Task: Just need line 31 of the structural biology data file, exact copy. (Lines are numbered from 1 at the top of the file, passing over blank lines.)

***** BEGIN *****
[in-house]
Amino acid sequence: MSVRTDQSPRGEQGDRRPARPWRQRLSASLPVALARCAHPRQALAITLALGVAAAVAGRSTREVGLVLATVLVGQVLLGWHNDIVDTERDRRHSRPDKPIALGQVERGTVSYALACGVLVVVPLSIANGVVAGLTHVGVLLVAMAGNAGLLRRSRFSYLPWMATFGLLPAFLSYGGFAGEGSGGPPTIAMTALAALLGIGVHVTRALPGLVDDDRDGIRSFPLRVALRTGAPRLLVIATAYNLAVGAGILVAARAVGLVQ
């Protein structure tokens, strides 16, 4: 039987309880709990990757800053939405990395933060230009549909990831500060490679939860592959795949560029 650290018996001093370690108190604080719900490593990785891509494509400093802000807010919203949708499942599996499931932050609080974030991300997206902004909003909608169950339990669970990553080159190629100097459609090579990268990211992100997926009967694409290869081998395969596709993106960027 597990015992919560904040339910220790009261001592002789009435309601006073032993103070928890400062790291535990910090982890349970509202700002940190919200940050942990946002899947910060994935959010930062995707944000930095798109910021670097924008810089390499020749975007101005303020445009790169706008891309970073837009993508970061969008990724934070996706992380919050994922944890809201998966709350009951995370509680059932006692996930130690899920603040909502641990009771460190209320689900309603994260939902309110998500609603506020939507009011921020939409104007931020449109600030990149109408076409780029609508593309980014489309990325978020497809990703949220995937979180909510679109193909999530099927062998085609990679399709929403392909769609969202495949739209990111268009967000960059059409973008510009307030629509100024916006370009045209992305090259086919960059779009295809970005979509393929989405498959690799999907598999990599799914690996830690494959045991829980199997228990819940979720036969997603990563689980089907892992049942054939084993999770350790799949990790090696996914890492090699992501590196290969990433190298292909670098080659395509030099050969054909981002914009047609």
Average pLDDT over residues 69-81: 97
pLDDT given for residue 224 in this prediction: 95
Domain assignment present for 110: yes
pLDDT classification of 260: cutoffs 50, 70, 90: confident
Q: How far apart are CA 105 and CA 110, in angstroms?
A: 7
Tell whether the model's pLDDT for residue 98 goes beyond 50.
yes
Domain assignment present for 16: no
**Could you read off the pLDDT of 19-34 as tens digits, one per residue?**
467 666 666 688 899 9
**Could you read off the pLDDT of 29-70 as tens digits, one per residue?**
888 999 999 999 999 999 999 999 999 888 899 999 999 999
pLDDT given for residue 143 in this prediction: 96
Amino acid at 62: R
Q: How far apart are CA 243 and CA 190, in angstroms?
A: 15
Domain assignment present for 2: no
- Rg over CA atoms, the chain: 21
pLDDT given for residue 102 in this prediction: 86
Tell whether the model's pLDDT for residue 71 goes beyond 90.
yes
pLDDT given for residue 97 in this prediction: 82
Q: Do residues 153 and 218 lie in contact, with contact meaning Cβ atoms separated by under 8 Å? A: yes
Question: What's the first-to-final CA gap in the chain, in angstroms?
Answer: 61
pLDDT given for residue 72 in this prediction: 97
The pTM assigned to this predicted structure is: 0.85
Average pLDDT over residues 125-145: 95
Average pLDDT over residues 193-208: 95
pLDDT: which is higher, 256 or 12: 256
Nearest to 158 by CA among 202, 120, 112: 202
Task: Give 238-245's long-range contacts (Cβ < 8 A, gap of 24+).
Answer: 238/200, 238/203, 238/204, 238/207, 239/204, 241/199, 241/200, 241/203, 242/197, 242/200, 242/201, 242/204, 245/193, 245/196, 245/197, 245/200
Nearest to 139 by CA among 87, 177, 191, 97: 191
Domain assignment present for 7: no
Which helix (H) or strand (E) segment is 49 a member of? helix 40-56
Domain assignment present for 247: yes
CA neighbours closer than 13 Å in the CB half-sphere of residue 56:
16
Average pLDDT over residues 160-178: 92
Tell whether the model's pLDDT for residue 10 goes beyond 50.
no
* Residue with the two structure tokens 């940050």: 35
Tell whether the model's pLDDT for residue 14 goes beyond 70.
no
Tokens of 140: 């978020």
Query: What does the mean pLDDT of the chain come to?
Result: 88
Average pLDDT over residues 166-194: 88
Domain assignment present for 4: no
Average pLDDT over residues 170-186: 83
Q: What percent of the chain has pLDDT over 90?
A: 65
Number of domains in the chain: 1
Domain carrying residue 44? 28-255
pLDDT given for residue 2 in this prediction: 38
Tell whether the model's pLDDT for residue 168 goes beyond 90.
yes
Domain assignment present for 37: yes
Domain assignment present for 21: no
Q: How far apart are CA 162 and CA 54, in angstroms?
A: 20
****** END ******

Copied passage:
The pTM assigned to this predicted structure is: 0.85